A 28-year-old man has been sentenced to serve two years behind bars for his role in a cocaine smuggling operation at Rohlsen Airport on St. Croix, according to U.S. Attorney Gretchen Shappert’s office.
Lamech Matthew was sentenced Thursday and also ordered to serve three years of supervised release, and pay a $3,500 fine and $100 special assessment.
Matthew and co-defendant Alvin Henry, 40, were both charged after a routine inspection by U.S. Customs and Border Protection officials at Rohlsen Airport on Nov. 2, 2016.
A K-9 officer patrolling the pre-departure area at the airport noticed Henry nervously stand up and lift his bag off the floor when the dog approached, and asked if they could inspect his bags.
Henry consented to the search and officers found 10 duct-taped bricks of cocaine concealed in his luggage.
“Henry was part of a scheme to transport cocaine from St. Croix to Florida, and had met with an airport employee in the bathroom of the departure area, who delivered the cocaine bricks to Henry in the bathroom. Henry was scheduled to board the American Airlines flight to Miami with the cocaine in his carry-on luggage,” according to a statement by the U.S. Attorney’s Office.
The total weight of the cocaine in Henry’s bag was more than five kilograms, or 11 pounds.
A grand jury returned an indictment against Henry on Dec. 13, 2018.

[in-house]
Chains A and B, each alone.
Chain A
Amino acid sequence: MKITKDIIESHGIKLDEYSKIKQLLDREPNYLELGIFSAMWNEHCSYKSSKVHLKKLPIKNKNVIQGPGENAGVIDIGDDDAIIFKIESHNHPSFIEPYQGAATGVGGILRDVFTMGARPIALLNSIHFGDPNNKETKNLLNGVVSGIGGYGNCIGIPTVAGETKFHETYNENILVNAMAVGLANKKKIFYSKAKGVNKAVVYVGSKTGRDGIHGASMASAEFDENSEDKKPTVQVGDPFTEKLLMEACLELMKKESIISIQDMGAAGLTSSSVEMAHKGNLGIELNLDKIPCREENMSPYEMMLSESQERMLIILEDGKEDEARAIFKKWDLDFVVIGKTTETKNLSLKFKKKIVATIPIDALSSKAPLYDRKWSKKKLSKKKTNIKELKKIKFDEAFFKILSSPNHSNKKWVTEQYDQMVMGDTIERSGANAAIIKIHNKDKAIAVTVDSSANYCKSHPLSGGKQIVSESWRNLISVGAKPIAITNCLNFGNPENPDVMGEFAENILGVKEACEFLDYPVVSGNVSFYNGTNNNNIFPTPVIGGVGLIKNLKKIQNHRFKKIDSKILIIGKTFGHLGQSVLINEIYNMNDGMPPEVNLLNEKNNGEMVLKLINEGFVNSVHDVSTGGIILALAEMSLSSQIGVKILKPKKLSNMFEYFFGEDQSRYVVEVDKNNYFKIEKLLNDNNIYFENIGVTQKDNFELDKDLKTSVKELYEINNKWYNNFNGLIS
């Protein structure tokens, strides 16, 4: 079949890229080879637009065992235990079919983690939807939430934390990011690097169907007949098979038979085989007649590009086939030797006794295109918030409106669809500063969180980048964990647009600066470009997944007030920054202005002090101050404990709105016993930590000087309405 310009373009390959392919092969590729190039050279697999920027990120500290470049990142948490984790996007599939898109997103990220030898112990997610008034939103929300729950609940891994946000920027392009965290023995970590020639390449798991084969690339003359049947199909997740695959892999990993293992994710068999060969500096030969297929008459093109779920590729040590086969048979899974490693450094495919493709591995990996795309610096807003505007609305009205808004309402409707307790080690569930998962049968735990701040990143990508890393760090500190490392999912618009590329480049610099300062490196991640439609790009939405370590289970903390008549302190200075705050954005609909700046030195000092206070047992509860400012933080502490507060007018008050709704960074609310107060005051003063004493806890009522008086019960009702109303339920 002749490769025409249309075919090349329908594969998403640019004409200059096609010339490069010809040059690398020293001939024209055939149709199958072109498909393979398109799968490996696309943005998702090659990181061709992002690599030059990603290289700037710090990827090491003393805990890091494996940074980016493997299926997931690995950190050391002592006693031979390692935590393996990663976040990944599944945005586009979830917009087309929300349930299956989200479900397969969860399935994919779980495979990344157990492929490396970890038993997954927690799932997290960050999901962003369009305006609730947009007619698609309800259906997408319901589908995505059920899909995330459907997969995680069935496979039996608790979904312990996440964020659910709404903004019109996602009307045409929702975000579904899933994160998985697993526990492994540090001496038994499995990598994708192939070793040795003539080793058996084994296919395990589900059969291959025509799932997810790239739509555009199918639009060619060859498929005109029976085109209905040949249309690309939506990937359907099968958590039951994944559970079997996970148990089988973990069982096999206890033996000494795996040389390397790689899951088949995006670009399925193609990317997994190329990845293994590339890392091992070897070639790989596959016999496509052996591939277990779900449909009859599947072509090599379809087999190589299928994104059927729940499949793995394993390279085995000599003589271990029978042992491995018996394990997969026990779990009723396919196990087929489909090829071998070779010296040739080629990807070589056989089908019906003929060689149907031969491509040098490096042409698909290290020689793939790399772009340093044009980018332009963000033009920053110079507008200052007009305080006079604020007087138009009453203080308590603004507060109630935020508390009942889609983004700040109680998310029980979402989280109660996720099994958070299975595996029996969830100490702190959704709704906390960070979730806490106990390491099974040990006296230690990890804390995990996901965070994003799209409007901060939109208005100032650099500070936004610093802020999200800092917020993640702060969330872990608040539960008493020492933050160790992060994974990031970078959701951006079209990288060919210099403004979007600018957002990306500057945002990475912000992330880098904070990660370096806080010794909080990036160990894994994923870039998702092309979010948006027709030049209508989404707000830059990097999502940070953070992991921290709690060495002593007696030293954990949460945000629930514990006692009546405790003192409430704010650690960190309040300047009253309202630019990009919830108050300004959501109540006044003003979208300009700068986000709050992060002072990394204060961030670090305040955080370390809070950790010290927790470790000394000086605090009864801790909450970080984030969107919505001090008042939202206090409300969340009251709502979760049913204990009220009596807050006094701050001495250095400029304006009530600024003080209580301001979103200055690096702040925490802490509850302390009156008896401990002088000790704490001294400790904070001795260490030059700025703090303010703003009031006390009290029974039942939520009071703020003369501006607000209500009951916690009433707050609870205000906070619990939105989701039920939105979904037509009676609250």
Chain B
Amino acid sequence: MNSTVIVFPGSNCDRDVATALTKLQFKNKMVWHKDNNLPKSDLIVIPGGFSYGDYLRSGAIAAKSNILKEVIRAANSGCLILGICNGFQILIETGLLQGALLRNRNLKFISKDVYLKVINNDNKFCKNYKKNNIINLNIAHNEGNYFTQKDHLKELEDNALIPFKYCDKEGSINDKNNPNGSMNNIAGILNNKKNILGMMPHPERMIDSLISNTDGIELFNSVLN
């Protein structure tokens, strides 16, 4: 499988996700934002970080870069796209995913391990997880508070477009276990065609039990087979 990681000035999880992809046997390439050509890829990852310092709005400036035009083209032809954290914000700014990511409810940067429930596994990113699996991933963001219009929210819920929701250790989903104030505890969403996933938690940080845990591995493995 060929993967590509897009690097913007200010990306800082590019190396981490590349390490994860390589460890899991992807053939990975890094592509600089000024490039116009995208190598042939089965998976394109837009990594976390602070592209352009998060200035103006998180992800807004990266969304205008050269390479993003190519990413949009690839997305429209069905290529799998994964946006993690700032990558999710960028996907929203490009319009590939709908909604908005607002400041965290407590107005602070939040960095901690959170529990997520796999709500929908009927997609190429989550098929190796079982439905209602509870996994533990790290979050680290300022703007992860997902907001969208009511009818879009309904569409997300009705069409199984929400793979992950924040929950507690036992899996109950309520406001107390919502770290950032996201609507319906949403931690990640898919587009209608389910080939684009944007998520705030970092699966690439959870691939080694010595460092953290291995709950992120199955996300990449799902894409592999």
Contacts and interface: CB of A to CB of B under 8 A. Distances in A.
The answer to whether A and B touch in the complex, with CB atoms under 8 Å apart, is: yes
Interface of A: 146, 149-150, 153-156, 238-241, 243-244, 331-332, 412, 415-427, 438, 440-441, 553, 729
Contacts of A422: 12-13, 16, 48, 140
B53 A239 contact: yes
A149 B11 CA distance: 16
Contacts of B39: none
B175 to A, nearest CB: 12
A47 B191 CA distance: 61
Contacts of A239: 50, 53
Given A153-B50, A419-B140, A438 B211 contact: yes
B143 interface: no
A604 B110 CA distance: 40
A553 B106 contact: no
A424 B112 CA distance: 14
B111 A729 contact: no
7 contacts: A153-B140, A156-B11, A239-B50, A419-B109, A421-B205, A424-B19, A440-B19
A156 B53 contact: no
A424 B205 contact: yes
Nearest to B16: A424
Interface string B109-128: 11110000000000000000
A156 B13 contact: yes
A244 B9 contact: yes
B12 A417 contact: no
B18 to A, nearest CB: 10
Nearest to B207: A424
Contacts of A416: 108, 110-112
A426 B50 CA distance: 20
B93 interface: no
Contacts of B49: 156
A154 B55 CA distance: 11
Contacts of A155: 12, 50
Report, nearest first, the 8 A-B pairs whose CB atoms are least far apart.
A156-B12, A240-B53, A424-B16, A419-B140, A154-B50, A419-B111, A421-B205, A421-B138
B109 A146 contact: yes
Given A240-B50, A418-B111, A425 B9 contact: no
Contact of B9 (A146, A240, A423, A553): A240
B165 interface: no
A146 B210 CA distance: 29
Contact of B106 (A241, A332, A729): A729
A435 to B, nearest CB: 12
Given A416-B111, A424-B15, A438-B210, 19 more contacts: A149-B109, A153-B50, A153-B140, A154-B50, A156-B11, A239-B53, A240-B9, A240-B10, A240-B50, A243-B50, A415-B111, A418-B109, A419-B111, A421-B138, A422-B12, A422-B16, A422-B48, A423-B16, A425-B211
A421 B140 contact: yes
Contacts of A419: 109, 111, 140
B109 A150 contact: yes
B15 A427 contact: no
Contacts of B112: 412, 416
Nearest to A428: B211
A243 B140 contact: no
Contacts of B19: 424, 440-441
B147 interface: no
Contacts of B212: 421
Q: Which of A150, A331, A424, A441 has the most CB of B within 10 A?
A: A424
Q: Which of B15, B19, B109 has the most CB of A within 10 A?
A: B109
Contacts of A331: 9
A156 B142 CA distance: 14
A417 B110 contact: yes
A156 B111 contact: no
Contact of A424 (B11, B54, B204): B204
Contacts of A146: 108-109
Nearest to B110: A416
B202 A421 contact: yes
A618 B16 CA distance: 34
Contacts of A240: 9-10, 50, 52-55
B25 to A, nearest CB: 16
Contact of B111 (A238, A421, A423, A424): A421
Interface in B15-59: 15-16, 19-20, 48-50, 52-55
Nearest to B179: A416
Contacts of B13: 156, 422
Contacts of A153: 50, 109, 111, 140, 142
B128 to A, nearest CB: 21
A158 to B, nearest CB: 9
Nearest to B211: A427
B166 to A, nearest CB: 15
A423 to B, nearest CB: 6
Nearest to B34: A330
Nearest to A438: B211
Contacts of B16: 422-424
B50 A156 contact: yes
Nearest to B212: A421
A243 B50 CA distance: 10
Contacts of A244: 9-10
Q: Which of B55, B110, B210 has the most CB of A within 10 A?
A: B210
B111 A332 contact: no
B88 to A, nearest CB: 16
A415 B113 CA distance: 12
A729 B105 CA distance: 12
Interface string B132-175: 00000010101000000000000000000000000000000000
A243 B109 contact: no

The airport employee, Matthew, who was employed by Worldwide Flight Services, was charged with the same crimes and entered into a plea agreement with prosecutors on Jan. 21, 2019, in exchange for testifying against Henry at trial.
“Matthew stated that he had used the same method to transport cocaine on approximately eight other occasions,” according to an affidavit filed by federal investigators.
Henry was found guilty by a jury in March 2019 and appealed his convictions, arguing that prosecutors engaged in several instances of misconduct.
U.S. District Court Chief Judge Wilma Lewis later scolded prosecutors for their irregular handling of the case, including an agreement with Matthew that he did not have to testify against anyone else involved in the conspiracy, only Henry, which was not disclosed to the court or defense attorneys.
“These failures by the Government were unacceptable; fell far below the performance standards that the Court expects of counsel; and caused delay and frustration that were decidedly avoidable,” Lewis wrote in a lengthy opinion filed in Dec. 2019.
Despite the irregularities, Lewis upheld Henry’s convictions, and he was sentenced on March 3, 2020, to four years behind bars. Henry filed a request for compassionate release from prison due to the COVID-19 pandemic, which Lewis denied in November.